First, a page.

As a rock climber, I used to climb at the same handful of crags day in and day out. That’s another cool thing about chasing fourteeners. By virtue of achieving the goal, you’re getting out into every major mountain range in Colorado, hiking on a variety of terrain, climbing on a variety of rock, seeing a variety of flora and fauna, meeting a variety of different people, and camping in a variety of conditions and locales.
So… what about the actual climbing?
Well, while 90% of the mountains involve nothing more than 3rd Class scrambling via their standard route, a few require 4th or 5th Class climbing to reach the summit, and a great many (even humble Sawatch peaks like Missouri Mountain) offer myriad technical rock routes. I’ve stumbled across countless spectacular multi-pitch lines I never would’ve checked out simply by virtue of heading out to hike a fourteener. Particularly if you’re someone that’s been grinding on 60-foot sport routes for your entire career, chasing fourteeners offers an excellent launchpad to get into bigger mountain objectives.
Modify your goal and tackle these peaks in winter, and you’re looking at a mountaineering objective that, collectively, is magnitudes harder than summiting many international mountains that are much higher in elevation.
Crowds can be a concern in the summer on some of the easier peaks, particularly all the ones closest to Denver, but if you head up later in the fall season, or get in early with a pair of snowshoes once the snow starts to melt in spring, you can largely avoid these crowds.
Yes, there are a handful of rescues and deaths every year on Colorado mountains because of inexperienced hikers going off-route, hiking in late afternoon and being struck by lightning, or making some other gumby mistake. Yes, there are some peaks like Pikes, Evans, Longs, and many of the northern Sawatch that are extremely crowded in summer months, and the standard routes on these are often rife with switchback cuts, degraded scree slopes, and the occasional piece of litter.
But that’s not a reason to stay away. You, and only you, decide if you’re going to be a part of the problem or be someone who helps fix it. Stay educated on the best environmental protection and safety practices and put those into use, and do your part to educate others and stop someone if you see them doing something wrong.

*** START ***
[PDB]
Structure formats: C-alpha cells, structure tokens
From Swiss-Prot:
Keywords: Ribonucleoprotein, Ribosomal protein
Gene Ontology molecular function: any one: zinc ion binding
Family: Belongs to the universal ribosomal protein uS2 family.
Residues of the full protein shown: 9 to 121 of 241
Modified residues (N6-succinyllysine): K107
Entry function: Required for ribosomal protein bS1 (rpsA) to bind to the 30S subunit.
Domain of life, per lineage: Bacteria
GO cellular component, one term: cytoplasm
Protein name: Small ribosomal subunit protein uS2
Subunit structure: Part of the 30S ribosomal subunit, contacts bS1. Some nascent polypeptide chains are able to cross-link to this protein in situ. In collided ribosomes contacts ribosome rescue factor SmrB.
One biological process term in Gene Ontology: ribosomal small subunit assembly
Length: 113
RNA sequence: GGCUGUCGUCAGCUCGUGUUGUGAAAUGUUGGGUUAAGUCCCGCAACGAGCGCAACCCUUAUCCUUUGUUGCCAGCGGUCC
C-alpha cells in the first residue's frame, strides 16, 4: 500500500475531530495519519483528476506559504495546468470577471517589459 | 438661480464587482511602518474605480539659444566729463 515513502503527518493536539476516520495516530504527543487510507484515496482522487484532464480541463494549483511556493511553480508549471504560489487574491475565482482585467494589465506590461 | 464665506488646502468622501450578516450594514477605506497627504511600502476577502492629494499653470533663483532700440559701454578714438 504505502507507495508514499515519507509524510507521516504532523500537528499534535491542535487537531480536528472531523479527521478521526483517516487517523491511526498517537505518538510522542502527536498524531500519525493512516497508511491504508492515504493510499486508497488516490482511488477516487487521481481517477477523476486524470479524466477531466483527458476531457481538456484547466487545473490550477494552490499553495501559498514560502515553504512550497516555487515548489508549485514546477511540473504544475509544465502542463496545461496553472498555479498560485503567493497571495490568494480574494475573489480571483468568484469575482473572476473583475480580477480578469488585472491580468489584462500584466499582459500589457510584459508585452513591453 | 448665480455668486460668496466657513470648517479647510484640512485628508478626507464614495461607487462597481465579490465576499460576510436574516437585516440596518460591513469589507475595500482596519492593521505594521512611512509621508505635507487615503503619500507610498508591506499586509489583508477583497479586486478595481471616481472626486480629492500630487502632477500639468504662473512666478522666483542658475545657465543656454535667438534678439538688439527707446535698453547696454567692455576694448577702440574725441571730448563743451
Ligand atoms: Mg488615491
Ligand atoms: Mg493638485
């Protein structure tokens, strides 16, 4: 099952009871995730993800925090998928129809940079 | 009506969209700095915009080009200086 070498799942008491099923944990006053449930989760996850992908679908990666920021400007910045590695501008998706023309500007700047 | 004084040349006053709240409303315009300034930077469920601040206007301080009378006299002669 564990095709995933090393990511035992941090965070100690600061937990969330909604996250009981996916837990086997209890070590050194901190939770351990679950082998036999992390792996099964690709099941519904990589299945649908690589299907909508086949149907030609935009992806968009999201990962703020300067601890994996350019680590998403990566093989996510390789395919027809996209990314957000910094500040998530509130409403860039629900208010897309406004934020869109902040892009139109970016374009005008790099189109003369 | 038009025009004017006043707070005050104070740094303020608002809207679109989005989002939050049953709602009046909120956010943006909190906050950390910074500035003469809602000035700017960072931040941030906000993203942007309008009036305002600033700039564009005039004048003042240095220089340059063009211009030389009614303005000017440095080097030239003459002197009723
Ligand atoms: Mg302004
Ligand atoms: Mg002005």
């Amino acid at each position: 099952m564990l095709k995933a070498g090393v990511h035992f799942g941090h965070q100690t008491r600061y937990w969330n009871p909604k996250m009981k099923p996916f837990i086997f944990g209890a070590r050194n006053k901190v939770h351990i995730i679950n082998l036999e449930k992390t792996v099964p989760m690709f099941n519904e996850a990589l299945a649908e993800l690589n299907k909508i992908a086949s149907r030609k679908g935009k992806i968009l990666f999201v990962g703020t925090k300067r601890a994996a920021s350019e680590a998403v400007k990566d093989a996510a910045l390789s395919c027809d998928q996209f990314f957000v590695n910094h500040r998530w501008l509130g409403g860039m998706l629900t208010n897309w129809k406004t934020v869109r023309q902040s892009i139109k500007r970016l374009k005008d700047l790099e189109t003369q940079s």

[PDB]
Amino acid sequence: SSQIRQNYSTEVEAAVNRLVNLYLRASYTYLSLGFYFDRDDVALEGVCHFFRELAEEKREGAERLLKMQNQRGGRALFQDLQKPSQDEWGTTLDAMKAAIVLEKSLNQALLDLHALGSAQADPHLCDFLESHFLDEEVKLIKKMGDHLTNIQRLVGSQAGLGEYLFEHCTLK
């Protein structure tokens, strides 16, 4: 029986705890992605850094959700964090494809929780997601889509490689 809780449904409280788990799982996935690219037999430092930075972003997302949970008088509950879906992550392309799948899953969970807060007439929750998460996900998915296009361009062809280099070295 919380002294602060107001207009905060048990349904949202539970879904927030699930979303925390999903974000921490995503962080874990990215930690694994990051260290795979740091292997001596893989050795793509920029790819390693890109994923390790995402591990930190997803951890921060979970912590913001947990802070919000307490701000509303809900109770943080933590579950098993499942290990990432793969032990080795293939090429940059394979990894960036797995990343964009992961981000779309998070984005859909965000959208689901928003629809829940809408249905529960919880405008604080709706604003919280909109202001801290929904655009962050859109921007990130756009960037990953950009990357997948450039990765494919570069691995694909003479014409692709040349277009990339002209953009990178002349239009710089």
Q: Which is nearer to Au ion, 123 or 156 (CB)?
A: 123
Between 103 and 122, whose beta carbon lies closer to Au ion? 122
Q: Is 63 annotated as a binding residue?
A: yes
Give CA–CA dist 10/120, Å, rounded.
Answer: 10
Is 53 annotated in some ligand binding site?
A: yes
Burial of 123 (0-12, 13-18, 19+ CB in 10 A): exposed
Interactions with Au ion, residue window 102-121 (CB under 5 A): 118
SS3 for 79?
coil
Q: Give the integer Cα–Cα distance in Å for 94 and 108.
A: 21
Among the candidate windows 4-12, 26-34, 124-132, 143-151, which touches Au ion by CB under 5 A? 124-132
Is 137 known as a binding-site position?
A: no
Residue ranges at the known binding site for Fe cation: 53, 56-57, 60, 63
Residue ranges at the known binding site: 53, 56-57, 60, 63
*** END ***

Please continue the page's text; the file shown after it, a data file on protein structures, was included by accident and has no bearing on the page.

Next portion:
We don’t foster outdoor stewardship by telling people to stay away from the outdoors. We improve our chances at long-term conservation by showing people how beautiful and special these natural places are, by drawing more attention to the fact that they need protecting, and by leading by example, teaching folks how to do so. There may be a lot of dumb tourists on some of the more popular Colorado fourteeners in the summer, but there are also going to be plenty of folks leaving the mountain in better condition than they found it in. Just be the latter.
The Colorado Fourteeners often get a bad rap from rock climbers, and I think it’s undeserved. Summiting these peaks gets you outside, away from your usual crags, into a diverse array of alpine environments. You’ll come across a variety of rock, flora, fauna, conditions, and people.
It’s a goal that’s accessible to almost anyone with a pair of shoes and a fair bit of determination, and it’s a goal that can be accomplished over a lifetime, at almost any age. Most of the peaks may not require technical climbing, but almost all of them offer some technical routes, if that’s up your alley, and tackling fourteeners offers an excellent introduction to mountaineering.
If you’ve been a rock climber all your life, give the Colorado Fourteeners a try. You might be surprised.
14ers.com offers excellent route descriptions, trip reports, condition updates, safety tips, and other info, while Gerry Roach’s Colorado’s Fourteeners: From Hikes to Climbs is the premier guidebook on the subject.